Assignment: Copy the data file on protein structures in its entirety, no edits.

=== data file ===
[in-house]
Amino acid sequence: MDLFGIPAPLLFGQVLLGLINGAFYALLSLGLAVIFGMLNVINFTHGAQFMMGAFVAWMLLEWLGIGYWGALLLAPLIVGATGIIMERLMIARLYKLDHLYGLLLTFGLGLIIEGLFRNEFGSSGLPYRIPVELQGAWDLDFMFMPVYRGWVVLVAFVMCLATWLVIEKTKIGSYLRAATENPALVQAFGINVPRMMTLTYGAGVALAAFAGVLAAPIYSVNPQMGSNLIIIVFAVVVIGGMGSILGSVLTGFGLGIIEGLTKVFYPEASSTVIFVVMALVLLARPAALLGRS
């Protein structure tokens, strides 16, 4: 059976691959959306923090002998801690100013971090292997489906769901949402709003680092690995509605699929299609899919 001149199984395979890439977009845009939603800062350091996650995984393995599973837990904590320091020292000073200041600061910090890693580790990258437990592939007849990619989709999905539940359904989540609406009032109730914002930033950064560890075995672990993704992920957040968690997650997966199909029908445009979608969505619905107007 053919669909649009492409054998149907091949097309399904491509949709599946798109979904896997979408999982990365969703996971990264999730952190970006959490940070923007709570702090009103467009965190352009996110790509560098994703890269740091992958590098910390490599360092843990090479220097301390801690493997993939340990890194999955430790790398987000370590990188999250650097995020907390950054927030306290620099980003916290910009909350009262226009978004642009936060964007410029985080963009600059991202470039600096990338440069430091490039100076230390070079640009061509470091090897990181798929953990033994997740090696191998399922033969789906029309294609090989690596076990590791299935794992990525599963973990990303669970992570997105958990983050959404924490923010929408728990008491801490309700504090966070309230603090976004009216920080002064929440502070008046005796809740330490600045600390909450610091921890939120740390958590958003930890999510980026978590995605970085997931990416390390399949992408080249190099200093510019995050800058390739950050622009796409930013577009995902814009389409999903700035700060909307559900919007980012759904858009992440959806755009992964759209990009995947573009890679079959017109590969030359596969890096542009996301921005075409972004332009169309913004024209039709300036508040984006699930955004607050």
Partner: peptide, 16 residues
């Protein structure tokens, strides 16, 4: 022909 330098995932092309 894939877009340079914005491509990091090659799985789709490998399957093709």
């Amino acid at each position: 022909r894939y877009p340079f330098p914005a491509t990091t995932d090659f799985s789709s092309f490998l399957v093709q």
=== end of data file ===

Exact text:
[in-house]
Amino acid sequence: MDLFGIPAPLLFGQVLLGLINGAFYALLSLGLAVIFGMLNVINFTHGAQFMMGAFVAWMLLEWLGIGYWGALLLAPLIVGATGIIMERLMIARLYKLDHLYGLLLTFGLGLIIEGLFRNEFGSSGLPYRIPVELQGAWDLDFMFMPVYRGWVVLVAFVMCLATWLVIEKTKIGSYLRAATENPALVQAFGINVPRMMTLTYGAGVALAAFAGVLAAPIYSVNPQMGSNLIIIVFAVVVIGGMGSILGSVLTGFGLGIIEGLTKVFYPEASSTVIFVVMALVLLARPAALLGRS
């Protein structure tokens, strides 16, 4: 059976691959959306923090002998801690100013971090292997489906769901949402709003680092690995509605699929299609899919 001149199984395979890439977009845009939603800062350091996650995984393995599973837990904590320091020292000073200041600061910090890693580790990258437990592939007849990619989709999905539940359904989540609406009032109730914002930033950064560890075995672990993704992920957040968690997650997966199909029908445009979608969505619905107007 053919669909649009492409054998149907091949097309399904491509949709599946798109979904896997979408999982990365969703996971990264999730952190970006959490940070923007709570702090009103467009965190352009996110790509560098994703890269740091992958590098910390490599360092843990090479220097301390801690493997993939340990890194999955430790790398987000370590990188999250650097995020907390950054927030306290620099980003916290910009909350009262226009978004642009936060964007410029985080963009600059991202470039600096990338440069430091490039100076230390070079640009061509470091090897990181798929953990033994997740090696191998399922033969789906029309294609090989690596076990590791299935794992990525599963973990990303669970992570997105958990983050959404924490923010929408728990008491801490309700504090966070309230603090976004009216920080002064929440502070008046005796809740330490600045600390909450610091921890939120740390958590958003930890999510980026978590995605970085997931990416390390399949992408080249190099200093510019995050800058390739950050622009796409930013577009995902814009389409999903700035700060909307559900919007980012759904858009992440959806755009992964759209990009995947573009890679079959017109590969030359596969890096542009996301921005075409972004332009169309913004024209039709300036508040984006699930955004607050």
Partner: peptide, 16 residues
């Protein structure tokens, strides 16, 4: 022909 330098995932092309 894939877009340079914005491509990091090659799985789709490998399957093709």
């Amino acid at each position: 022909r894939y877009p340079f330098p914005a491509t990091t995932d090659f799985s789709s092309f490998l399957v093709q």